Heading into 2018, there is genuine optimism that the on-track action will be compelling enough to prevent off-track turbulence detracting from Formula 1’s essence - its sporting offering.
Daniel Bailey
Daniel Bailey is Co-Founder and Chief Commercial Officer of MPA Commercial and MPA Creative; a bespoke marketing agency which works with brands and rights holders to effectively leverage motorsport as a business and marketing platform.
A big year for Formula 1
22nd March 2018, 10:04

There’s little doubt this is going to be a big year for Formula 1. The sport is into the second year of Liberty Media ownership and its F1 group, led by CEO Chase Carey, Sean Bratches (commercial MD) and Ross Brawn (sporting MD), is certain to keep putting its stamp on one of the world’s most valuable sporting properties.

Liberty made clear its intent to transform the marketing of the sport last year, and immediately set about freeing up social media coverage, while fostering a less aggressive, more open and collaborative atmosphere between teams, media, and governing body the FIA.

It spent an estimated £12 million ($16.8 million) on a spectacular ‘F1 Live’ event in central London, just before the British Grand Prix, while the US GP received a build-up the like of which F1 had never seen before, courtesy of Michael ‘Let’s Get Ready to Rumble’ Buffer. Then, at the Abu Dhabi season finale, came a new logo launch – all part of a grand plan to give Formula 1 a fresh face for a post-Ecclestone era.

That newly youthful, energised and inclusive spirit has rolled into 2018 – and then some: Liberty has ambitious plans to host four major ‘F1 Fan Festivals’ this season, in Shanghai, Marseilles, Berlin and Miami, specifically to promote the Grands Prix in China, France, Germany and the USA. Add to that a bright and bold rolling media campaign that seeks to promote key values such as ‘excitement’ and ‘engineered insanity’ and it’s clear that Formula 1 is being promoted like never before.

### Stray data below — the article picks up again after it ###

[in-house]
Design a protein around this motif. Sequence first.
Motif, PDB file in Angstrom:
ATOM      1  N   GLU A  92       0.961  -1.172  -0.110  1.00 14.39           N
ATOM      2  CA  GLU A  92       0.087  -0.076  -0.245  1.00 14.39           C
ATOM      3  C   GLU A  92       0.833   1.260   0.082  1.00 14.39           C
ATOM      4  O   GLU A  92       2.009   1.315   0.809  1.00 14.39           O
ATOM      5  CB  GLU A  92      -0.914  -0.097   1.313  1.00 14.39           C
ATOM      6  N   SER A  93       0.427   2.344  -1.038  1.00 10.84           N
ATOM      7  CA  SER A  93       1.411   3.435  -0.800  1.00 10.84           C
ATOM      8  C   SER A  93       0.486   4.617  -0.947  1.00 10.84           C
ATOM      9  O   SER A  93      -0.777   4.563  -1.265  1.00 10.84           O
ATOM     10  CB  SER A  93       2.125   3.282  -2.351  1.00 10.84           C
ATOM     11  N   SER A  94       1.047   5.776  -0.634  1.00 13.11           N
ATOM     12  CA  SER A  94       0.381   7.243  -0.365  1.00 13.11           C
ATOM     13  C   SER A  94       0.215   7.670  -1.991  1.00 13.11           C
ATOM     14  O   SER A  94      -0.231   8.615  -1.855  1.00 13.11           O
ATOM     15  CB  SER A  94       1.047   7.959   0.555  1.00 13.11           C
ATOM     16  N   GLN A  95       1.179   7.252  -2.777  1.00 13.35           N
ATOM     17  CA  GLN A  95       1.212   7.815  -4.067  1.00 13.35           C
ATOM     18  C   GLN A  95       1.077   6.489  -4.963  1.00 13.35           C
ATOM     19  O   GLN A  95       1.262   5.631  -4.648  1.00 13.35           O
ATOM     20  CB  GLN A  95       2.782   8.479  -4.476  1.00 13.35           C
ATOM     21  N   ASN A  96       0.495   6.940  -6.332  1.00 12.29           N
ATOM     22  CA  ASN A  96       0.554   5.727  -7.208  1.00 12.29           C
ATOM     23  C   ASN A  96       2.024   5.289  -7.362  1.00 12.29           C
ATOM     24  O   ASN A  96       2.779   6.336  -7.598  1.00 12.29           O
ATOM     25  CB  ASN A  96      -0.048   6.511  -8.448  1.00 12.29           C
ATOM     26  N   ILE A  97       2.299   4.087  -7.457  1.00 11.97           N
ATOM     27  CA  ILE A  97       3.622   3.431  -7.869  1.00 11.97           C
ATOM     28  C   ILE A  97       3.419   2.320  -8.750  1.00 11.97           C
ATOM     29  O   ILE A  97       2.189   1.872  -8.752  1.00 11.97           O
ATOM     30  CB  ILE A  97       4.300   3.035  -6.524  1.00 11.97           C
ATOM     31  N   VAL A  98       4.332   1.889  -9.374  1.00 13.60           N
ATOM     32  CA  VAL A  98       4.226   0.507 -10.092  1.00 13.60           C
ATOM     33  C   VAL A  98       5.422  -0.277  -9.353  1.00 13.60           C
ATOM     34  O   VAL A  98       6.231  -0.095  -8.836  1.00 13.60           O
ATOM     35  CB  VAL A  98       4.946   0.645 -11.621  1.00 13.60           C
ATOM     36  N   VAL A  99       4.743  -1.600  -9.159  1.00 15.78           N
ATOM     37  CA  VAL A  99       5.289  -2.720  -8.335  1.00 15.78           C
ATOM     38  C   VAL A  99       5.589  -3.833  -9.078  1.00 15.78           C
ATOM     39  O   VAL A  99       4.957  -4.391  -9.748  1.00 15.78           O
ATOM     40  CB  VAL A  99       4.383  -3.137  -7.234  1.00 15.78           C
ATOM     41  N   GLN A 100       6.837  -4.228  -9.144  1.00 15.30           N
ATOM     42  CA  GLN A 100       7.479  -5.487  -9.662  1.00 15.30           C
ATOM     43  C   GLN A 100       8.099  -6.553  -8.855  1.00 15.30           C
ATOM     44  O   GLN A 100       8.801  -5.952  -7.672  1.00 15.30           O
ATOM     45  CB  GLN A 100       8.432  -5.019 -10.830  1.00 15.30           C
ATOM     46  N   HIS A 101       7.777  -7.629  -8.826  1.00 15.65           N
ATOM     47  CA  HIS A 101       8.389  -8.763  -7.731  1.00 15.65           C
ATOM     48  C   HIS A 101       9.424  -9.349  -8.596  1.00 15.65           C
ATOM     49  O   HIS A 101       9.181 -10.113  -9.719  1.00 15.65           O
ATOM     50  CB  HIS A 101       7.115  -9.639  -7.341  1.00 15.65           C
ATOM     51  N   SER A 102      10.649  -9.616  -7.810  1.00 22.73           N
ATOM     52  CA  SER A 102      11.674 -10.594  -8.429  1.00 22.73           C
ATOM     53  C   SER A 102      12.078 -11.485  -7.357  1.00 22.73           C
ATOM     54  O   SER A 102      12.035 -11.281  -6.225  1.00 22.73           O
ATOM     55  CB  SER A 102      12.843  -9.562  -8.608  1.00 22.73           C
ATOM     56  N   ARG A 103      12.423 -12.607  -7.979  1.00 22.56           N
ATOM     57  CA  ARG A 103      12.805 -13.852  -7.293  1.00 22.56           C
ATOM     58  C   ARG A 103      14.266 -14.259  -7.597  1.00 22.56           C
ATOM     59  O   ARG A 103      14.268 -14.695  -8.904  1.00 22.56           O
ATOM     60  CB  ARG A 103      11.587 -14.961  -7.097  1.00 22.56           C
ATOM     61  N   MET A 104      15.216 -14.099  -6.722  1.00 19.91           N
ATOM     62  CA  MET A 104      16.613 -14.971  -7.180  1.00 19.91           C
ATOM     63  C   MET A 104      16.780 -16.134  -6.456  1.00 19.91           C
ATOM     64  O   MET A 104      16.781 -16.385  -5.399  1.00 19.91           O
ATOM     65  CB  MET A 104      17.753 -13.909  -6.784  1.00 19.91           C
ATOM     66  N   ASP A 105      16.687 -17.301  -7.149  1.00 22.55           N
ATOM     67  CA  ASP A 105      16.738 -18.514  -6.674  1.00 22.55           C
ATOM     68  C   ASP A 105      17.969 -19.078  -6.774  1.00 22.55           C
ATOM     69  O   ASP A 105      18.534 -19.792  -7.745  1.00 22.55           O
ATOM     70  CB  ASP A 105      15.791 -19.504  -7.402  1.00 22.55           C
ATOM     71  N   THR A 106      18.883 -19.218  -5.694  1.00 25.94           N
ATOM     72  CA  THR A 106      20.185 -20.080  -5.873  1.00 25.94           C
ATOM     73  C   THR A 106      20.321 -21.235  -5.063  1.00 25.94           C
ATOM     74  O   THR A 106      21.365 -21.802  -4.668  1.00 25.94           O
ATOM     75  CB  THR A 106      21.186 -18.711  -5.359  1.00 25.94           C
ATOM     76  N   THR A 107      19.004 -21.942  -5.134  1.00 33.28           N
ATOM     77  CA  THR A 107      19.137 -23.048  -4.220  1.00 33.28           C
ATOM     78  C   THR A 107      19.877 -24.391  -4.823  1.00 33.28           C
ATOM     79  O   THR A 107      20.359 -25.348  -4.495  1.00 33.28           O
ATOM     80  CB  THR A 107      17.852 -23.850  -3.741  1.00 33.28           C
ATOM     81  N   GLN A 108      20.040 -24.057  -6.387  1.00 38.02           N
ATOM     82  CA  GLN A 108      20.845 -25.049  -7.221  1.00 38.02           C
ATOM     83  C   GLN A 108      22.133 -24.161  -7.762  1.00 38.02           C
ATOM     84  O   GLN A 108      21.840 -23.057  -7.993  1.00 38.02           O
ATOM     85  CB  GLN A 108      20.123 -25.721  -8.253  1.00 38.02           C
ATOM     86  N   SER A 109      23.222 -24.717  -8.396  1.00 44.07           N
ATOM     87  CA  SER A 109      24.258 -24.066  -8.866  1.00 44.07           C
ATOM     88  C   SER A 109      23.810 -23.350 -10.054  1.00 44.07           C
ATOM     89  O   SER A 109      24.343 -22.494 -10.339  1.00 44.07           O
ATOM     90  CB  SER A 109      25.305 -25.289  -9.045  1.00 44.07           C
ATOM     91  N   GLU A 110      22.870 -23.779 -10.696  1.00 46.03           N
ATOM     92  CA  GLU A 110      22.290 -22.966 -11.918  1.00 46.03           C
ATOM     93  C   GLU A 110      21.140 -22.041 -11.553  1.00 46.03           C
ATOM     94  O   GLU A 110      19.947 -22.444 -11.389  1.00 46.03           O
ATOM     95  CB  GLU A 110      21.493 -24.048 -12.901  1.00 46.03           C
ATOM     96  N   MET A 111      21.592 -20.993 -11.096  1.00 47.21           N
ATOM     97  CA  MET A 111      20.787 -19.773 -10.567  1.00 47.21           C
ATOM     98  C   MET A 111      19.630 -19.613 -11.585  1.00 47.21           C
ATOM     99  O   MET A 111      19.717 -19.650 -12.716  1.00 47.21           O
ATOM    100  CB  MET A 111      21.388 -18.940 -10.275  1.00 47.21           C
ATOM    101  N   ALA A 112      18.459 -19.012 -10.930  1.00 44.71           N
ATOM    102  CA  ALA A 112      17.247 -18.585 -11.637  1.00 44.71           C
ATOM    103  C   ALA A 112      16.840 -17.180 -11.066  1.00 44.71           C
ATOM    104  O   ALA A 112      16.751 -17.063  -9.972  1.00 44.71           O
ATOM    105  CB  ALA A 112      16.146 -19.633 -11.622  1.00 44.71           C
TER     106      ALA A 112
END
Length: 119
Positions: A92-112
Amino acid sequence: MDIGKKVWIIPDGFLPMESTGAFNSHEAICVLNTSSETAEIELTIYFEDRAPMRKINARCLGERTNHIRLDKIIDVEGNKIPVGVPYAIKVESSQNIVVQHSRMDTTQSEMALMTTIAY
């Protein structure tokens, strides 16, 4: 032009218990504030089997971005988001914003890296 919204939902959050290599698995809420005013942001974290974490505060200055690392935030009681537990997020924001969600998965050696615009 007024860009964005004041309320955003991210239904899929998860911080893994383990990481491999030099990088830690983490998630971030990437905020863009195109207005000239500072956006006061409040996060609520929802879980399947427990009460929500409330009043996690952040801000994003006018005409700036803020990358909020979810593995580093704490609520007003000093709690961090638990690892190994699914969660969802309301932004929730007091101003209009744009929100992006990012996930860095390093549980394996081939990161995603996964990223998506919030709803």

All this goodwill might sound a little too good to be true and perhaps it is, for beneath this utopian veneer, Liberty faces considerable challenges in managing deep-seated and long-running tensions that fester within its world-famous sport.

Levelling the F1 playing field – the off-track challenge

Chief among them - as always in F1 - is money and the delicate issue of ‘who gets what’. During the Ecclestone era, teams received income on the basis partly of performance, but also under a far less transparent ‘mates’ rates’ arrangement, whereby those teams who’d been around the longest (or whose owners had helped Ecclestone to his position of unrivalled control) were rewarded for their past loyalty. Equitable and transparent it was not, and Liberty is in the process of trying to replace these archaic revenue structures with something that would be more familiar to any MBA graduate or business executive.

Trouble is, some of the cosy past arrangements - for example the financial and sporting privileges enjoyed by Ferrari, the only team to have competed in the sport since its birth in 1950 - are rather coveted by their recipients. Others, such as latterly dominant Mercedes, or Red Bull, who thrashed their opponents between 2010 and 2013, have also enjoyed financially advantageous returns. While they would argue that the rewards are commensurate with the massive investments they made to become leading teams, the result is that the hugely-funded ‘big three’ have become even wealthier (and therefore better able to invest for future success), while their less blessed rivals have been left trailing in their wake.

There’s nothing new in being ‘unfair’ or rewarding the best players most generously. The problem lies in the scale of disparity between those teams funding themselves to win and those for whom simple survival is as much of a concern as on-track performance.

At one extreme, Mercedes, who build their own engine and chassis, have 1500 staff and an annual budget of around $500 million. Ferrari’s numbers are similar, while Red Bull, who buy their engines from Renault, still operate on a budget of around $300 million.